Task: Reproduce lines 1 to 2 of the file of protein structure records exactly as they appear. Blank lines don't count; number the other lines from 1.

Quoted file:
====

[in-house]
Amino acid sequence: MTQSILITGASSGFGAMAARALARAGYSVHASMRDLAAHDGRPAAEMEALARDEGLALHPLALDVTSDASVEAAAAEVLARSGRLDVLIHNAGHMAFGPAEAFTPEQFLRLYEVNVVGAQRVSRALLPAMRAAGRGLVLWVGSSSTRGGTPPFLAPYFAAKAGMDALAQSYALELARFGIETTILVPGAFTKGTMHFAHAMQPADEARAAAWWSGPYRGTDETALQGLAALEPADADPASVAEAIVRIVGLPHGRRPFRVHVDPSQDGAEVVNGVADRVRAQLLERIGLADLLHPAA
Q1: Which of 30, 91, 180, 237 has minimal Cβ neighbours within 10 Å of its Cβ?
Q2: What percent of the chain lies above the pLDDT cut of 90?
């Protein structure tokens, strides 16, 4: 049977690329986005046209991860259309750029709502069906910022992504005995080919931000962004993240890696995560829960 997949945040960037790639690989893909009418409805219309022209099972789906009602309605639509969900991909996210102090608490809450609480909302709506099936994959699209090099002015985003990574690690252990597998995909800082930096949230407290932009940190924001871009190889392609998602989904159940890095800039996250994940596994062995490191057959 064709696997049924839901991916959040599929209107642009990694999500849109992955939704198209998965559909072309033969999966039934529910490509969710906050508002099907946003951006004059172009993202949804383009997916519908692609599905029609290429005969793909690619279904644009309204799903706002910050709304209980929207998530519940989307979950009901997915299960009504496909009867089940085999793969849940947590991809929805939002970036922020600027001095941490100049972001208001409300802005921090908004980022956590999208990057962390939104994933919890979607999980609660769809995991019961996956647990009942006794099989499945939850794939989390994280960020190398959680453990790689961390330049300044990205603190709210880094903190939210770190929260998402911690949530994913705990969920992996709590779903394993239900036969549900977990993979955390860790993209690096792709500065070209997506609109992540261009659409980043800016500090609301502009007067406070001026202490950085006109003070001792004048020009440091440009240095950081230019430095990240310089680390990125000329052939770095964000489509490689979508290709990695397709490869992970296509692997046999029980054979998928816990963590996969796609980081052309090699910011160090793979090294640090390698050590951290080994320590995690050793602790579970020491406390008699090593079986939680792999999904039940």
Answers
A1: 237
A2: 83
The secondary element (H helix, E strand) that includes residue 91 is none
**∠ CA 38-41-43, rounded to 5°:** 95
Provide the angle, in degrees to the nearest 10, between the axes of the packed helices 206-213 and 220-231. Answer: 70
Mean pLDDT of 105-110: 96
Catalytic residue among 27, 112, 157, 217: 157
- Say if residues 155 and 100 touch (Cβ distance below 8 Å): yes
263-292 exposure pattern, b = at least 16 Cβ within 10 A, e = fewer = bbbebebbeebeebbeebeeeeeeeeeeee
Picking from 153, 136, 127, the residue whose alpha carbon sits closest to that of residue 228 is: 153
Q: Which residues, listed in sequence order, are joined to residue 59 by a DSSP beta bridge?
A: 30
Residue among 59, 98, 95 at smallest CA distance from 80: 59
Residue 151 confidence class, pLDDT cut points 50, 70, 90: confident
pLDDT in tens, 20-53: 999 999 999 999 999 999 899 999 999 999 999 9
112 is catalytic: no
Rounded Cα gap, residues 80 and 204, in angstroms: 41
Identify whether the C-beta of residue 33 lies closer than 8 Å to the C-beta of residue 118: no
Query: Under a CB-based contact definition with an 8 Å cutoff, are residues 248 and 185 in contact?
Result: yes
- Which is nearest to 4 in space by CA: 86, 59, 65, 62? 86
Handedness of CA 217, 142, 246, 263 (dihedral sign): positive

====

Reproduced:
[in-house]
Amino acid sequence: MTQSILITGASSGFGAMAARALARAGYSVHASMRDLAAHDGRPAAEMEALARDEGLALHPLALDVTSDASVEAAAAEVLARSGRLDVLIHNAGHMAFGPAEAFTPEQFLRLYEVNVVGAQRVSRALLPAMRAAGRGLVLWVGSSSTRGGTPPFLAPYFAAKAGMDALAQSYALELARFGIETTILVPGAFTKGTMHFAHAMQPADEARAAAWWSGPYRGTDETALQGLAALEPADADPASVAEAIVRIVGLPHGRRPFRVHVDPSQDGAEVVNGVADRVRAQLLERIGLADLLHPAA